• In 2010, MHAT affiliated with the national advocacy organization Mental Health America, to amplify its impact in the community. (freedomhouserecovery.org)

conclusion


  • The conclusion was that the freedom of choice system was implemented as atechnology of governance to increase financial efficiency of services.Individual choice was not experienced as increased in any aspect except forthe choice of where to go. (diva-portal.org)
  • Conclusion The three measures have the potential to be used in mental health services to assess recovery processes in young people with mental health difficulties and correspondence with symptomatic improvement. (surrey.ac.uk)

initiatives


  • An 'inventory' of current services and initiatives was constructed. (www.gov.uk)

implementation


  • This thesis describes and analyses the implementation of afreedom of choice system within community mental health services. (diva-portal.org)
  • A key element in the development of mental health services is the presence of an internal champion (typically clinicians or senior administrators) who identify the need for and undertake implementation of services, help overcome internal barriers, and direct resources to the development of services. (maine.edu)

adults


  • FHRC executive director, Trish Hussey, adds that MHAT programs will enhance and build on its existing evidence-based mental health and substance use disorder services which were provided to 10,000 adults and children in its service area last year. (freedomhouserecovery.org)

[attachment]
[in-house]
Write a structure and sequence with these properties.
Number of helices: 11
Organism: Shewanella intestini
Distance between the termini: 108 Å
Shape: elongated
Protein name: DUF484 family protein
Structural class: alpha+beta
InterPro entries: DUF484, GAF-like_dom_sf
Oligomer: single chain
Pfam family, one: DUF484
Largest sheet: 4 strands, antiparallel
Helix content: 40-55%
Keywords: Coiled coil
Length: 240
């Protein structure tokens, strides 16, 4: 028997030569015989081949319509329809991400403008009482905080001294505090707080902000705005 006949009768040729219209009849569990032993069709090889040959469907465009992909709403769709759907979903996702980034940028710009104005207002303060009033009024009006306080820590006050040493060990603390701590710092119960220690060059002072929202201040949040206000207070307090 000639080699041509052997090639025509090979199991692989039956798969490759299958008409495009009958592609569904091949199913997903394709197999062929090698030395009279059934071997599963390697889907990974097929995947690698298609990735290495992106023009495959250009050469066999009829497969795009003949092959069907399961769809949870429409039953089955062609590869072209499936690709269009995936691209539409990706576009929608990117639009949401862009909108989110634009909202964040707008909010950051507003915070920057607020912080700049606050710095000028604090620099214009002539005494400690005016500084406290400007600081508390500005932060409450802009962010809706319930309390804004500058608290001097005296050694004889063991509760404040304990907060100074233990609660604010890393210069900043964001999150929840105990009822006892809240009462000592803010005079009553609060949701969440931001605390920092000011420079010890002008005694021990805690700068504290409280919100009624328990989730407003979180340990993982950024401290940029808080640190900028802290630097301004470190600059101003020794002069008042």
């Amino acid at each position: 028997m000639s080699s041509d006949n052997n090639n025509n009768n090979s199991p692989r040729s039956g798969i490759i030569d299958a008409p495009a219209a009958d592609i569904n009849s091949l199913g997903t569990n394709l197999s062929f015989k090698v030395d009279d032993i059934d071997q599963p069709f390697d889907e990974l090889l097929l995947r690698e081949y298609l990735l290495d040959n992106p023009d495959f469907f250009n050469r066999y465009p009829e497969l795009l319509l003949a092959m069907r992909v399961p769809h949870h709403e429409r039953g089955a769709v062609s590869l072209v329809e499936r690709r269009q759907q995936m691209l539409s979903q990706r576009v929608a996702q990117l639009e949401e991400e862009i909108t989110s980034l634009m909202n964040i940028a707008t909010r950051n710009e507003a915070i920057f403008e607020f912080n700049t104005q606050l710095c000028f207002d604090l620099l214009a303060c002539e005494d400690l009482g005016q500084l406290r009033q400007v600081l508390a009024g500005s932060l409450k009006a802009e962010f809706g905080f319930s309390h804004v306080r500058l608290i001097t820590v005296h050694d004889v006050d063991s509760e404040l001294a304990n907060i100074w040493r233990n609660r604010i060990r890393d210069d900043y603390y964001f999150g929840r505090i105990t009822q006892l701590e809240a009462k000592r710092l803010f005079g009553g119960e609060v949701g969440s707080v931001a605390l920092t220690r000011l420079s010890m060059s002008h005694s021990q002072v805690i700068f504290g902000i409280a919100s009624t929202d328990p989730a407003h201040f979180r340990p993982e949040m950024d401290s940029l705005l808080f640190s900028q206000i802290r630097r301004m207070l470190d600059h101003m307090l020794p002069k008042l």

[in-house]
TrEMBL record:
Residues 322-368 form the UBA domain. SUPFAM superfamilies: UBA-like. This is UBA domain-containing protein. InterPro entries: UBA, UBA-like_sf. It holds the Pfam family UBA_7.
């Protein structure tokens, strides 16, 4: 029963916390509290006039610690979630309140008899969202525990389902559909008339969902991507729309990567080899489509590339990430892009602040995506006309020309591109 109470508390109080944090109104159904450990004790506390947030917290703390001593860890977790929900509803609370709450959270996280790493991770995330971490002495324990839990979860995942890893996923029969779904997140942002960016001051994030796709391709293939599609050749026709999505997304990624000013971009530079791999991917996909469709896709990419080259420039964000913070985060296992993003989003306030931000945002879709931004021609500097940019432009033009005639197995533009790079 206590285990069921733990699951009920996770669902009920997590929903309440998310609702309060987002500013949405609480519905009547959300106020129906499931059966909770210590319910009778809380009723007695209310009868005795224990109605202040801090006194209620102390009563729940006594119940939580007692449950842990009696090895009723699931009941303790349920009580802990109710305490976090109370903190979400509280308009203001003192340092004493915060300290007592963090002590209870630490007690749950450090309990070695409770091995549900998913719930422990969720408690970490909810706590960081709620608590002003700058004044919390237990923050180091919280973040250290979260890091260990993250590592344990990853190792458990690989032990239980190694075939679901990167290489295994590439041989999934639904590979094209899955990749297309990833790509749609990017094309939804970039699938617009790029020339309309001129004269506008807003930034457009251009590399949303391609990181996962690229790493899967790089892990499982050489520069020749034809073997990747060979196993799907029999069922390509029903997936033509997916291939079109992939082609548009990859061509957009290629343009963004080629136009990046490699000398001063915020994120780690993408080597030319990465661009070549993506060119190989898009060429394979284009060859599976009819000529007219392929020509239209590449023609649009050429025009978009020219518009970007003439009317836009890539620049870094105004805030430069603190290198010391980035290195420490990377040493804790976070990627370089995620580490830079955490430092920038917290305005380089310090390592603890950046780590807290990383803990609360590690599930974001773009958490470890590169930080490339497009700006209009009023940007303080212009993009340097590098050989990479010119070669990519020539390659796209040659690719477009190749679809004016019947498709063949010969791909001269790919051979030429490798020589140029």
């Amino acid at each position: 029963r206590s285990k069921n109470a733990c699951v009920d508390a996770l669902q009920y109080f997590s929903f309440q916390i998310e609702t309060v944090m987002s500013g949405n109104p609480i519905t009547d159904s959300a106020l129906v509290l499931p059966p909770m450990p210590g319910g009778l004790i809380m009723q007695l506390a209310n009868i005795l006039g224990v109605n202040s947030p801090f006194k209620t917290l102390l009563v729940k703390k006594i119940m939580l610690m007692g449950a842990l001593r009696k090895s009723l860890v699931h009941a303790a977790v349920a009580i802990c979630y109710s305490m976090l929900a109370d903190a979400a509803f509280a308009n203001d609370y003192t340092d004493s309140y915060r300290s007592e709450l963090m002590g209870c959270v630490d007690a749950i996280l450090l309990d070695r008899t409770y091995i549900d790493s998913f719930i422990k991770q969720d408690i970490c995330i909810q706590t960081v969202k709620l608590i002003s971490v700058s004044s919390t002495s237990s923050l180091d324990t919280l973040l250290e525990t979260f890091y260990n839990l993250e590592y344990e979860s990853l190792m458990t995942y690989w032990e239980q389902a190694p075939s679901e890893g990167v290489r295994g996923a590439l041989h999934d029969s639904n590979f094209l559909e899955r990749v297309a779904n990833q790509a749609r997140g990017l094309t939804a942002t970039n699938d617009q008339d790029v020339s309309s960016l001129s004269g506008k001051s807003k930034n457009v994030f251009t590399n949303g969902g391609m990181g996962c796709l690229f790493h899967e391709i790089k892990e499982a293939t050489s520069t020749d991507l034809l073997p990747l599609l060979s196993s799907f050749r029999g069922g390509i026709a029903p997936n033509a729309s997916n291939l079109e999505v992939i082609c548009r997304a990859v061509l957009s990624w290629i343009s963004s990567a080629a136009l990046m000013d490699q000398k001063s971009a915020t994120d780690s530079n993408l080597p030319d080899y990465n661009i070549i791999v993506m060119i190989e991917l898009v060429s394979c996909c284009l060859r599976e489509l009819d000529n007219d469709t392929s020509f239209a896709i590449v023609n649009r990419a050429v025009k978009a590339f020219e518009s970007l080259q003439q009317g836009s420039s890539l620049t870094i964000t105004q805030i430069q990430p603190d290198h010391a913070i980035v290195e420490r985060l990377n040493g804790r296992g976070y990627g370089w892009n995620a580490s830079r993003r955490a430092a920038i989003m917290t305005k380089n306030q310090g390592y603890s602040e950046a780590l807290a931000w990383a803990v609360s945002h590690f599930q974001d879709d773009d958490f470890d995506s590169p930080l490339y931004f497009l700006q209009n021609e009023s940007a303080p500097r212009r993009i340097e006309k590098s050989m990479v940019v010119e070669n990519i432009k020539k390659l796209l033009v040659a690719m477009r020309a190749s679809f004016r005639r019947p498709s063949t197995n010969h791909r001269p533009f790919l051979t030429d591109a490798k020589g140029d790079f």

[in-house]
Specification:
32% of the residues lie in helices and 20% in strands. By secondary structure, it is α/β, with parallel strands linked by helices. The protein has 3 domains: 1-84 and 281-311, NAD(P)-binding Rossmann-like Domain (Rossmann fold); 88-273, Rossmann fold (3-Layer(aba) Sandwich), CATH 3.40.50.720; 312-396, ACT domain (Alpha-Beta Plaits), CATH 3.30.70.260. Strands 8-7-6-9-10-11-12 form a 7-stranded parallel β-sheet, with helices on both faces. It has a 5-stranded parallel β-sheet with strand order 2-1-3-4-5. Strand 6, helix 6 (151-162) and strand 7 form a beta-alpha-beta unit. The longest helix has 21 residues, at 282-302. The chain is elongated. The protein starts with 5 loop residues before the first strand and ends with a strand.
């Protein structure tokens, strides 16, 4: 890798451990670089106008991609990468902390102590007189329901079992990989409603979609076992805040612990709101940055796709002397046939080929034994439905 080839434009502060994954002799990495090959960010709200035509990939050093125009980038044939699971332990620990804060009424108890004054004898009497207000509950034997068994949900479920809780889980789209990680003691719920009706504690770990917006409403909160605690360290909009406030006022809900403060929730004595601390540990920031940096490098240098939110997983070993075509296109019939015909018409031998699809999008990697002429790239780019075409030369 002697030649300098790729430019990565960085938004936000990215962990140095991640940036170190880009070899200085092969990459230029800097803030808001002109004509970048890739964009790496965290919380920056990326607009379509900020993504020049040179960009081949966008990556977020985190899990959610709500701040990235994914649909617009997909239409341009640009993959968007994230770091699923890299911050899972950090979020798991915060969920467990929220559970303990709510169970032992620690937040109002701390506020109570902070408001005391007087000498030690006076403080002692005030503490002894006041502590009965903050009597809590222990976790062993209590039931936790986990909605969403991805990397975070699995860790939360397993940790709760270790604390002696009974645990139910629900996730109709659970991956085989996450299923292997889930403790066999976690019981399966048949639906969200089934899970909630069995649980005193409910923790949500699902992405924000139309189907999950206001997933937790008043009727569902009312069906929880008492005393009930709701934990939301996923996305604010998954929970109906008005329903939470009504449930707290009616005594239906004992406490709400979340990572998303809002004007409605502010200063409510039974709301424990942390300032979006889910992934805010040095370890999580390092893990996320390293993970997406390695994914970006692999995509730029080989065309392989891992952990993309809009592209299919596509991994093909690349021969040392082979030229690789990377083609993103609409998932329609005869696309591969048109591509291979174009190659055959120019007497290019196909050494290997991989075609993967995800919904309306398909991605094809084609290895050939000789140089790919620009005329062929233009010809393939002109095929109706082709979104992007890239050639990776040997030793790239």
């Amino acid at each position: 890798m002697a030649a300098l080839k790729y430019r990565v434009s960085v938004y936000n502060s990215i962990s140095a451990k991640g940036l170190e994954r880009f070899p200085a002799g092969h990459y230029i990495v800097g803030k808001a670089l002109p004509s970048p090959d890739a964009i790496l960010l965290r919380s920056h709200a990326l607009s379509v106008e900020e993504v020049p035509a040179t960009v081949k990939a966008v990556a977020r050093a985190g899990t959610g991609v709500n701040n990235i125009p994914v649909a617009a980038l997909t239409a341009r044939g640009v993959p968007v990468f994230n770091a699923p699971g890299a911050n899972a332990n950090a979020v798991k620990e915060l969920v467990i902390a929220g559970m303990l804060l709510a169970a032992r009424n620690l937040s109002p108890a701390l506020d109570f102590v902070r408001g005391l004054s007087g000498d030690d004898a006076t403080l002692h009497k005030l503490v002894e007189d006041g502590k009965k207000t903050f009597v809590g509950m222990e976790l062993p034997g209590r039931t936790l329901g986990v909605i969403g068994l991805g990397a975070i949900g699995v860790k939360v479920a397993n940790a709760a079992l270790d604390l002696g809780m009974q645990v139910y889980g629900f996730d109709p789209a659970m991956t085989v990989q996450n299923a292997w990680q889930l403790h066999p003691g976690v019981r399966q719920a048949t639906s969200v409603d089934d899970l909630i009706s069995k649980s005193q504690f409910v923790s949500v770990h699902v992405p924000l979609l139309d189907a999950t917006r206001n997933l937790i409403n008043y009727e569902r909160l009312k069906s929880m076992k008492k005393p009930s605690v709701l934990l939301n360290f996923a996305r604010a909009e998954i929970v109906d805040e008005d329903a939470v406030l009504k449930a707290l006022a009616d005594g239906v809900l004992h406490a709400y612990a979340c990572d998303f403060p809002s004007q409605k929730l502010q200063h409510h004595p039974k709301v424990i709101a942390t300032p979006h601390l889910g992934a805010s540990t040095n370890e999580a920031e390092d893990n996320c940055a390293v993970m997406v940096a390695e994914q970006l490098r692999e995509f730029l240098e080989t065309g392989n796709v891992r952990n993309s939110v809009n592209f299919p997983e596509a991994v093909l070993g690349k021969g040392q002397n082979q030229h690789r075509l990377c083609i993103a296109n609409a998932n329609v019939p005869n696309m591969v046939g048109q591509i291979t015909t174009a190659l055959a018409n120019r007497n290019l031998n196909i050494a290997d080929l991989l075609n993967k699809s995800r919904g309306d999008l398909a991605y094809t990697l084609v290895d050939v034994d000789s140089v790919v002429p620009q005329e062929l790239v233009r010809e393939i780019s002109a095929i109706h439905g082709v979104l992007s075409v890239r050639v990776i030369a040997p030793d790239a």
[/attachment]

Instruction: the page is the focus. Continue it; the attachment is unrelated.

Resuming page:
• Background Recovery has become a central concept in mental health service delivery, and several recovery-focused measures exist for adults. (surrey.ac.uk)

characteristics


  • This study examined changes in the delivery of mental health services by RHCs, their operational characteristics, barriers to the development of services, and policy options to encourage more RHCs to deliver mental health services. (maine.edu)

community


  • Daycentre services were in focus, and a case study was conducted of a majormunicipality that sought to be a "world-class city" in regard to citizens' choice.The experiences of policy makers, managers, professionals, and participantswere explored in interviews, and documents on a national, municipal, and citydistrict level, as well as homepages of providers of community mental healthservices, were all part of the study and were analysed using content-analysismethods. (diva-portal.org)